THE PRESIDENT. Well, of course there can be no fixed limit. We do say this, all of us agree that this is an abnormal situation, all the world does.

Here is a free city, sitting inside a Communist country, and a hundred and ten miles from the Western Germany of which it feels it is a part. Therefore, the only way you can get a solution is by negotiations that will probably take some time. We agree that these would not be unnecessarily or unduly extended, but we did say there is no fixed time to which they are limited.

Q. Mrs. May Craig, Portland (Maine) Press Herald: Mr. President, will you clarify for us the situation in regard to the credits the Soviets want, the money they still owe us, and will you need amendment of the law before you could give them more credits?

THE PRESIDENT. I had Secretary Dillon take the details of this question up with the Soviet delegation.

Now, he can give you most of the details. There is this about it: Mr. Khrushchev himself said they were ready to discuss the lend-lease matter and settlement, both sides expressed a desire for greater trade under proper conditions; but just exactly to what extent these are to go and what can be done now under the law, you will have to discuss with Secretary Dillon. I can't quite go into all those details, but I will say this: I took Mr. Khrushchev, as you know, on several helicopter rides. He said his own Government had already, and for a long time, opposed his riding in such an instrument. But he said that he is interested in the purchase of one exactly like I used, and I believe he said he is going to ask Mr. Dillon to be his representative in seeing whether he cannot do so.

Q. Andrew F. Tully, Jr., Scripps-Howard: Sir, what did you think of Mr. Khrushchev?

THE PRESIDENT. Well, he is a dynamic and arresting personality. He is a man that uses every possible debating method available to him. He is capable of great flights, you might say, of mannerism and almost disposition, from one of almost negative, difficult attitude, to the most easy, affable, genial type of discussion.

I think that the American people sensed as they went around that they were seeing some man who is an extraordinary personality, there is no question about it.

Now, I thoroughly believe that he is sure that the basic tenets of the socialistic, or communistic, doctrine are correct. He has made great dents into the original concept of this doctrine. For example, he very definitely stated that he had made much better use of the incentive system in the Soviet economy than we. He knows all about our taxes and all the rest of it, but he talks in terms that if you do a better job you get a better house. He talked about some of the things they are providing for their people who really perform. So, in a number of ways, he shows how the application of the doctrine has been changed very greatly in modern usage in the Soviet region.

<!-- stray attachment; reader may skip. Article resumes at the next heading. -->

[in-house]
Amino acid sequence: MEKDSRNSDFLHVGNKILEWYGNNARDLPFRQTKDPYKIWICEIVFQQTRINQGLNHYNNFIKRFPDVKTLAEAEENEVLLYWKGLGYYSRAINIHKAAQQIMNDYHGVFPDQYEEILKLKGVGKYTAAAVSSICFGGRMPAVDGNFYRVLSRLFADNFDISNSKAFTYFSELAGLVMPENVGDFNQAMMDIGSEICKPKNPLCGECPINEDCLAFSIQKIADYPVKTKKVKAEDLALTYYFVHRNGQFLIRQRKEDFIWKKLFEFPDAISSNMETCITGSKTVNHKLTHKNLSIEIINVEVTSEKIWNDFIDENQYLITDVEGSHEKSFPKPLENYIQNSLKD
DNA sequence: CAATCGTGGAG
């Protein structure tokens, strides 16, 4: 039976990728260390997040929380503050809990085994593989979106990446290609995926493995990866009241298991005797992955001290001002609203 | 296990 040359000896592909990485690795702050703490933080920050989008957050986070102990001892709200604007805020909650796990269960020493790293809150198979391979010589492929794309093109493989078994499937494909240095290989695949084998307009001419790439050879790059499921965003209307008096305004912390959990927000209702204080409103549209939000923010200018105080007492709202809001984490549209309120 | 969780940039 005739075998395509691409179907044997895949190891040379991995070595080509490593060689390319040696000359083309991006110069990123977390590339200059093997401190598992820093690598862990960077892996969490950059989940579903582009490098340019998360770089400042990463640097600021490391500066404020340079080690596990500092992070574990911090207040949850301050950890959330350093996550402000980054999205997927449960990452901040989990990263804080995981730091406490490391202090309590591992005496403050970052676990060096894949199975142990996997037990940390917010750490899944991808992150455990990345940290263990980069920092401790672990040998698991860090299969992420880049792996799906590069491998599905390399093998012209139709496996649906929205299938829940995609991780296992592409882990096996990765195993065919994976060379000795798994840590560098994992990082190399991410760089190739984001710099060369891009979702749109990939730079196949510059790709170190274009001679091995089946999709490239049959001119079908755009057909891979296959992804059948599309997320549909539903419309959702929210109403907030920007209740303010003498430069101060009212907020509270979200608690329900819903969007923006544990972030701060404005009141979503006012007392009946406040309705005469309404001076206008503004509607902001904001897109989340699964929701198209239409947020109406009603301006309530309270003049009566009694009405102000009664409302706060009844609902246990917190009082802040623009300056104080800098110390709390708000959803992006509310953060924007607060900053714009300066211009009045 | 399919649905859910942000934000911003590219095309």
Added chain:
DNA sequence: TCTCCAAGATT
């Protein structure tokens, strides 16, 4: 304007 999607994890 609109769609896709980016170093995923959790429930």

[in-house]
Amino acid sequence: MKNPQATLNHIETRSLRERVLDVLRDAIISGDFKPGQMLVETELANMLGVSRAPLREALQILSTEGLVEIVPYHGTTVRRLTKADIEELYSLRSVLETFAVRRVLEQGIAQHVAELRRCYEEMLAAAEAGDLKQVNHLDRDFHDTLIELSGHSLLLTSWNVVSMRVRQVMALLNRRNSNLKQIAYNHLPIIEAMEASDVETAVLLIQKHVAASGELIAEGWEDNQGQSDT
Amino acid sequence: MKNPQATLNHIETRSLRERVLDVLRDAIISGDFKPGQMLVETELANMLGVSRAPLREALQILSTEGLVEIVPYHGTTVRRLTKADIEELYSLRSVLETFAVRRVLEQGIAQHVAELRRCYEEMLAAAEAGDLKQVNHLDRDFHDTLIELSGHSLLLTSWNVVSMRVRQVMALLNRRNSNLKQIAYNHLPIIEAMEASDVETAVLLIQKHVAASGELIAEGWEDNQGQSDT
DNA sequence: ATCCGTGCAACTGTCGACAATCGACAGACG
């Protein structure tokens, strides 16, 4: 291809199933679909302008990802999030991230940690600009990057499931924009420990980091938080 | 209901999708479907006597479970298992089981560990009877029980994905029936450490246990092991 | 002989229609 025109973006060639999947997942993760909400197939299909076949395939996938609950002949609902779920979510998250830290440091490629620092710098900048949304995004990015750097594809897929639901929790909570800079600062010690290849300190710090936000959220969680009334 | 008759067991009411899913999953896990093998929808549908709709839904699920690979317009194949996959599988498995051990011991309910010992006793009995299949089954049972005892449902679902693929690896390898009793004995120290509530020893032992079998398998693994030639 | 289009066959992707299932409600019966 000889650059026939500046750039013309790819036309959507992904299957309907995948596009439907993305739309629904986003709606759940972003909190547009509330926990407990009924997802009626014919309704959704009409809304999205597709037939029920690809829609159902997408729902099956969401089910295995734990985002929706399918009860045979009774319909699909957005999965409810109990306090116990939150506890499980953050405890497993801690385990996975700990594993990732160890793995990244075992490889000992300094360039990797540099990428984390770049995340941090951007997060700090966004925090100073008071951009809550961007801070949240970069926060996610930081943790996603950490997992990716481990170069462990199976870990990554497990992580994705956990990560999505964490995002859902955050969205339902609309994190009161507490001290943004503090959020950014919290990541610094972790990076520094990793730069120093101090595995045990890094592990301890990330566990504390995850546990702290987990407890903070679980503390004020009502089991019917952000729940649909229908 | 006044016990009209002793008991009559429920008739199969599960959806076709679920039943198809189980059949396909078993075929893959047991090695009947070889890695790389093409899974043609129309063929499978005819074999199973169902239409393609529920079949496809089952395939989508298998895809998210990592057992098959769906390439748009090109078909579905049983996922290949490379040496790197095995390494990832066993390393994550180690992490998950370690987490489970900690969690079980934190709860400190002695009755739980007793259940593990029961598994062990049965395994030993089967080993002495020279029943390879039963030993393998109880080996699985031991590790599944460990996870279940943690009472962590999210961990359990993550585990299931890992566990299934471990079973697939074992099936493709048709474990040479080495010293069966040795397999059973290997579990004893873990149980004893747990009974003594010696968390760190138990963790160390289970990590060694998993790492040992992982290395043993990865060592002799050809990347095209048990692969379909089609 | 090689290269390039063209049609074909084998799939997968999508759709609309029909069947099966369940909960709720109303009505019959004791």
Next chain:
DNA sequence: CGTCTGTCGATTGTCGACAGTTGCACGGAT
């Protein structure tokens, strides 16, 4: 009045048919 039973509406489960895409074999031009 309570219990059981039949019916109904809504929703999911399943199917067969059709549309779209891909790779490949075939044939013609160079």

Q. Edward T. Folliard, Washington Post: Mr. President, to use your phrase, do you think that you and Mr. Khrushchev did melt some of the ice around East-West relations and if so, how much?

THE PRESIDENT. Well, I'd say this: the most that could be done here, Mr. Folliard, is a beginning.

I think that there are a number of people close to him that are quite aware of some of the problems that come about unless we do melt some ice. For example, he himself deplored the need for spending so much money on defenses. We tried, between ourselves, to talk for a little bit about our comparative costs, therefore how we could calculate just exactly how much of our wealth is going into these things that are, after all, negative and sterile and purely defensive. Well, this was an interesting exercise, but of course we got nowhere except his continued insistence they're just too expensive, we must find better ways.

The same way with the individual whose name I forget exactly, the man who was talking to Mr. McCone--well, Mr. McCone's opposite number. He pointed out their effort to develop this program of peaceful use of atomic energy; he said we must do it together because it is just too expensive for one country alone.

So, in a number of ways you find, if the ice isn't melted, an awareness on their part; not only the one that great wars are unthinkable, that's in the background, but in many ways, detailed ways, they are finding out we just have to do something that's a little bit more reasonable than what we have been doing.

Q. Charles W. Roberts, Newsweek: Sir, the most important of the three preconditions for a summit that we've made now seems to be the removal of threats to Berlin. I know you touched on that in the first question, but I wonder if you could indicate to us whether the Chairman did promise to ease the pressure or remove pressure somewhat.

THE PRESIDENT. I think the statement I have read answers your question; the reason that I don't want to say any more, we agreed exactly on that statement and I'm sure that he himself will make it, corroborate it. But to go further can be putting words in somebody else's mouth, that I don't think is fair.

I personally think that the question is answered right there: there is no fixed time on this. No one is under duress, no one is under any kind of threat. As a matter of fact, he stated emphatically that never had he an intention to give anything that was to be interpreted as duress or compulsion.